What kind of picketing is lawful?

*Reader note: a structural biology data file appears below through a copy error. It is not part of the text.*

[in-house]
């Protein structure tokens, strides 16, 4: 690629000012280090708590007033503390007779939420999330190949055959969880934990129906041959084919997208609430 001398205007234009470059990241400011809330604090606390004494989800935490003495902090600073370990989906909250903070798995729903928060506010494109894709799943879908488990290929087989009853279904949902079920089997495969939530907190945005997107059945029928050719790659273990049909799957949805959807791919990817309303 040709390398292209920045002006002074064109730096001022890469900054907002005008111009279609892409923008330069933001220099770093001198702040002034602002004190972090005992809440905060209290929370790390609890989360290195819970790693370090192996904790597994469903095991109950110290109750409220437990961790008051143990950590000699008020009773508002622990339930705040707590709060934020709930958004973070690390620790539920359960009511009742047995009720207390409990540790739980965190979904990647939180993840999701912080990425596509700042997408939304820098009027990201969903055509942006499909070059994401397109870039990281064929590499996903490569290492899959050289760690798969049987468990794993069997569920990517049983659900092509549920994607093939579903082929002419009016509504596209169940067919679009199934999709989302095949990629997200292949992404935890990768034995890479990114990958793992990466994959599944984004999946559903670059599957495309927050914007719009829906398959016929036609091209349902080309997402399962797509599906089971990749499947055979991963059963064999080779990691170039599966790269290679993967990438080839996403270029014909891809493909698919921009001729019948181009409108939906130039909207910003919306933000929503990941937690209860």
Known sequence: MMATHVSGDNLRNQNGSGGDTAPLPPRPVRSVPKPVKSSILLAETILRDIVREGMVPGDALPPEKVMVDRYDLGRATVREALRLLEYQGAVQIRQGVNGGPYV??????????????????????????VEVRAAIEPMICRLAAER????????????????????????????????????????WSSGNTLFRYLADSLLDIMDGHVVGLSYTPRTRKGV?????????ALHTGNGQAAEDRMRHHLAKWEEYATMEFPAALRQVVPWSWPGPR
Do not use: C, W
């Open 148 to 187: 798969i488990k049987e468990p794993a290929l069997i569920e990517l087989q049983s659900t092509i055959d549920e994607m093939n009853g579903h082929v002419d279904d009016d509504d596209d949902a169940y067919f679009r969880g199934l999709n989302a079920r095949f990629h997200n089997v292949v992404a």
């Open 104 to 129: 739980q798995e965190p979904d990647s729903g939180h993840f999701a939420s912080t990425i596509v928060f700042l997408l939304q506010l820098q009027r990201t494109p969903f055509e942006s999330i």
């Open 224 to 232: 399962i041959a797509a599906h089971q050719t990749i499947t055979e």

Picketing is generally understood to constitute activity on the public highway in which pickets hope to win support for their case by persuading colleagues to join their strike and to inhibit others, such as suppliers, from assisting their employer in running its business during that strike. The right to participate in "peaceful picketing" under s.220 of the Trade Union and Labour Relations (Consolidation) Act 1992 is limited to picketing "in contemplation or furtherance of a trade dispute" at or near a person's own place of work or, if he or she is a union official, the workplace of a member whom he or she represents. Section 220 states that picketing must be only for the purpose of "peacefully obtaining or communicating information, or peacefully persuading any person to work or abstain from working". In reality even if this is all pickets do, they remain vulnerable to being moved on if the police consider a breach of the peace to be likely. Pickets may also fall foul of a number of civil and criminal laws, such as the Protection from Harassment Act 1997 and the Public Order Act 1986.